A doesn't have to say any of those things about her desires. All she has to say is that she sees nothing self-defeating or otherwise irrational about acting on her desire to further the interests of her family. In fact, she doesn't even have to say that. She can simply go ahead and act on her desire and not even bother answering B's questions, which are presupposing ideas that she doesn't accept. She's not thereby making a mistake about the world: she may be fully informed of all the facts. Depending on the circumstances, she may not be doing anything self-defeating. What she does may be exactly what she needs to do to fulfil her goals.

Again, she doesn't need to argue about whether her goals are somehow "valid". That's introducing a concept that probably isn't meaningful and is certainly not one that she is forced to accept at this stage of the argument.

Sean, yeah I agree: whatever metric is adopted needs to be advocated on some basis or other without circularity. Otherwise, somebody can simply say that she doesn't feel bound to use that metric.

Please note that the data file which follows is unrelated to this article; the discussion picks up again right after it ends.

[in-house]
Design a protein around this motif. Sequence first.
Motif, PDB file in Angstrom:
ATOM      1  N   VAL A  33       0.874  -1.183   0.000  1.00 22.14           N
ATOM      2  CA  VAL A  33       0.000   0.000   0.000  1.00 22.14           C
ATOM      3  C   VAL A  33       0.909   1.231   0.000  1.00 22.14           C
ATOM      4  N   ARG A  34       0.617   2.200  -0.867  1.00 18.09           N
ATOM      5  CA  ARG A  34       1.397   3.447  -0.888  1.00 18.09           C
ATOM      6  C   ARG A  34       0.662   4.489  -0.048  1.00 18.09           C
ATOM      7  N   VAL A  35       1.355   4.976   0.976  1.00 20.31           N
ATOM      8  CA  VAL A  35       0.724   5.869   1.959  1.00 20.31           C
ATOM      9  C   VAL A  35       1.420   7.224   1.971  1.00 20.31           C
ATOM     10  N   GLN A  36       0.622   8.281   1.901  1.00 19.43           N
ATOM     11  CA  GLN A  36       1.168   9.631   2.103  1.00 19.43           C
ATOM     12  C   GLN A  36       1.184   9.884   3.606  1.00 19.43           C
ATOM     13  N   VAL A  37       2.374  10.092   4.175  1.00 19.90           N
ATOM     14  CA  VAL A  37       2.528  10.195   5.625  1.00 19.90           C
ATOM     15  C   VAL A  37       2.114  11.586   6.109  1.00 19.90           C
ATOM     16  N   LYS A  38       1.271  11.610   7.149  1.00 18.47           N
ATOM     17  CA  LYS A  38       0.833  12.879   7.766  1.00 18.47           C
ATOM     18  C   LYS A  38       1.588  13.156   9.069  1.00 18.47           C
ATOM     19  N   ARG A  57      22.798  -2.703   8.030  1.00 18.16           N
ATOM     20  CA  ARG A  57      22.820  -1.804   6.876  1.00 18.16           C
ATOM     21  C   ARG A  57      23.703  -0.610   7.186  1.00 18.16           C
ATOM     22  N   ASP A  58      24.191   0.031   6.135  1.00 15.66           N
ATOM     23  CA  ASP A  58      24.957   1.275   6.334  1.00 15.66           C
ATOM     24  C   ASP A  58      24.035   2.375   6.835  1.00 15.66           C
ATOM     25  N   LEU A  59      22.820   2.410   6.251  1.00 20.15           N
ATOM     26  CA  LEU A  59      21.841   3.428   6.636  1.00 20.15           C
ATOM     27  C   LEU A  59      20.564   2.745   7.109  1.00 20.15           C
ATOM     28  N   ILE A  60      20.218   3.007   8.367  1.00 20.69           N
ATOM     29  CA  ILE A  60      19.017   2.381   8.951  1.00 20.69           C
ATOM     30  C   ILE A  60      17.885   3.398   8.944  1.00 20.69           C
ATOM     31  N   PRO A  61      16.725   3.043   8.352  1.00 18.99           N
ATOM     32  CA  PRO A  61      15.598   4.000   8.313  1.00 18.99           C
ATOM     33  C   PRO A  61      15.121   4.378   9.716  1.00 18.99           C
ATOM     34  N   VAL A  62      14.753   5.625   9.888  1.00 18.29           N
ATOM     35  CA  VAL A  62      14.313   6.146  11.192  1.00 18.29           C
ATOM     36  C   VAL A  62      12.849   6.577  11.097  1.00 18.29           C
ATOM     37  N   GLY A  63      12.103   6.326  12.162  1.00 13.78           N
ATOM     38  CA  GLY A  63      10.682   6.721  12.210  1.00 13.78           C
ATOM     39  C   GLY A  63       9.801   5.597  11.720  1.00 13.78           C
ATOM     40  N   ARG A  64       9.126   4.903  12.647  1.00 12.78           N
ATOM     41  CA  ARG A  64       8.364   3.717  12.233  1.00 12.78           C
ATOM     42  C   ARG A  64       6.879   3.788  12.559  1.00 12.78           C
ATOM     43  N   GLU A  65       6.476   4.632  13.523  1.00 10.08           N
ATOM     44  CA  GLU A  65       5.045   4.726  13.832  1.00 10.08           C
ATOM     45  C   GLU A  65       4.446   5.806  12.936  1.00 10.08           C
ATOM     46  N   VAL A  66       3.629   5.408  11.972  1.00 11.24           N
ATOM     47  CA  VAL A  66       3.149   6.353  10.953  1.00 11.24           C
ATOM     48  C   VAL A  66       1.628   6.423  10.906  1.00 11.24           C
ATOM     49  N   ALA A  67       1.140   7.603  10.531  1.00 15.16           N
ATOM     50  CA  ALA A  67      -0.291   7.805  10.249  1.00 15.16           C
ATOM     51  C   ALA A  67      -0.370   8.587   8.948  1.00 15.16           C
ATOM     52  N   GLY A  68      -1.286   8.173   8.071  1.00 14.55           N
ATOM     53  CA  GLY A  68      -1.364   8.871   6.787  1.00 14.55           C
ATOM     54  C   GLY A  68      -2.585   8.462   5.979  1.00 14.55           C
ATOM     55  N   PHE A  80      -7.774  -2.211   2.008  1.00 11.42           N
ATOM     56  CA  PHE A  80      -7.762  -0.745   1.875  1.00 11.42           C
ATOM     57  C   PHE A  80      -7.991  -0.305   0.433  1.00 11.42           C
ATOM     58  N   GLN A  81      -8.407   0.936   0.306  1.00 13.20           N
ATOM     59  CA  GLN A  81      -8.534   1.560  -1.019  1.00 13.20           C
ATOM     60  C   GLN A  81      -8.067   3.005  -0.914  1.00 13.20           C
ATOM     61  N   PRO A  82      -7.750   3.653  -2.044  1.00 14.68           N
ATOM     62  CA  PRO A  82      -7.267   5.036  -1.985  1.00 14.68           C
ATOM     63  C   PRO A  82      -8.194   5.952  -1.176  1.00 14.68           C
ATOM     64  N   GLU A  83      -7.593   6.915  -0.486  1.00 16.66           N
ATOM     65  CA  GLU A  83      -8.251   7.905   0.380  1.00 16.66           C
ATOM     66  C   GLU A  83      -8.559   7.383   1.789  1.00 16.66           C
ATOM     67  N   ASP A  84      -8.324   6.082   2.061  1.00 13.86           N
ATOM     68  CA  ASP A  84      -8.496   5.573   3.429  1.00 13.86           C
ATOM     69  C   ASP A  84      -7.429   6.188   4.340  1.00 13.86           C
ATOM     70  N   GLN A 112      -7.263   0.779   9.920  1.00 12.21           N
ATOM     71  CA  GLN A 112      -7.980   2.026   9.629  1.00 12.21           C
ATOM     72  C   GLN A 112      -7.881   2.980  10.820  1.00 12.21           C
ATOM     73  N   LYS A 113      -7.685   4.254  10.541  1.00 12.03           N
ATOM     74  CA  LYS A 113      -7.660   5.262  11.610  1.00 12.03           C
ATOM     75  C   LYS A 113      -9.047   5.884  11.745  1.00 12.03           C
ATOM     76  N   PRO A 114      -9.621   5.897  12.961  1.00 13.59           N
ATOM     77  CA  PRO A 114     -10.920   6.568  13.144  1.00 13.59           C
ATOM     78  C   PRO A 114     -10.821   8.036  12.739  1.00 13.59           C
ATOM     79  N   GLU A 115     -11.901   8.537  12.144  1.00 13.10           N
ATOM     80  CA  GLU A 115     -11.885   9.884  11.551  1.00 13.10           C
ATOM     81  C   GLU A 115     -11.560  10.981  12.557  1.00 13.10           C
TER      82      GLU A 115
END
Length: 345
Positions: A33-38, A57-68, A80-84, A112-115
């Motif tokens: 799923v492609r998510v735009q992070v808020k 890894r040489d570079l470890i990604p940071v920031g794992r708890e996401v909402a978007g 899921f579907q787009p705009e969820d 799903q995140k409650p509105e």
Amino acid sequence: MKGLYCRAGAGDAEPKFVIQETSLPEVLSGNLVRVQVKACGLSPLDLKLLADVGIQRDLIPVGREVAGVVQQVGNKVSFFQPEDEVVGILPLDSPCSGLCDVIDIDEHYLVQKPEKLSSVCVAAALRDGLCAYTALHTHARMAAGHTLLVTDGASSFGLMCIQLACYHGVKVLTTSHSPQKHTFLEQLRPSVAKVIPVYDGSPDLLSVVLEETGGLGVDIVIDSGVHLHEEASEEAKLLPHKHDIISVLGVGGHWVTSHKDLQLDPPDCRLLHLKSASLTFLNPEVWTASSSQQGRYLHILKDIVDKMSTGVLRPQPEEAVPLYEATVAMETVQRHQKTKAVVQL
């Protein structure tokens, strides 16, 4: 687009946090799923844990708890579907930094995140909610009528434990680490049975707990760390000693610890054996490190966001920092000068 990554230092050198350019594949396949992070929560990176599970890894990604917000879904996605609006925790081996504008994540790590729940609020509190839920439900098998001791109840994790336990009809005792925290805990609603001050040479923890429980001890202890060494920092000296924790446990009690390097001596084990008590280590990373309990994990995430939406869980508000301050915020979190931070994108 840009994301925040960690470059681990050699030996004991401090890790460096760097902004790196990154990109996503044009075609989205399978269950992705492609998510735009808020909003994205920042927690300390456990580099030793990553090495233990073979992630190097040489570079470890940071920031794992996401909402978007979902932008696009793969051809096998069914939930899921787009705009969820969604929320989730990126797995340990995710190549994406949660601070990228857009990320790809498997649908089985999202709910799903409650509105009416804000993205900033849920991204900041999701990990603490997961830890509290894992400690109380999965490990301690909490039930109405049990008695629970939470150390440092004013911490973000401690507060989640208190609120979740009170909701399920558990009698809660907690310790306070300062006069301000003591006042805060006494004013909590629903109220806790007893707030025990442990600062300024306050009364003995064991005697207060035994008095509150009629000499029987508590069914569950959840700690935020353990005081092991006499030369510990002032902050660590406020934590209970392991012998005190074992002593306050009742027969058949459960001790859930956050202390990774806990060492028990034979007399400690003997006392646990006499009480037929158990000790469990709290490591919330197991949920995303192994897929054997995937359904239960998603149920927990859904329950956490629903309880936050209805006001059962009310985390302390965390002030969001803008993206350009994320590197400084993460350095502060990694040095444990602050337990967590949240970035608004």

Brian said...

"A desire is not the sort of thing that can be true. Nor is it the sort of thing that can be valid."

Several times I slipped and spoke of desires being valid. I didn't mean to, and hope that it's clear that when I spoke that way I meant as in "Because the desires...should not be considered at all," "...only some desires' fulfillment is reasonable," and "...all desires' fulfillment is presumptively equally reasonable." Apparently it's not clear; I never mentally made that mistake and where I miscommunicated the argument can be simply amended by assuming I am talking about the fulfillment of desires being a valid project, not the holding of them being somehow "valid".

"She can simply go ahead and act on her desire and not even bother answering B's questions..."

Obviously it is possible to act without answering questions, that doesn't mean one has a good answer for them.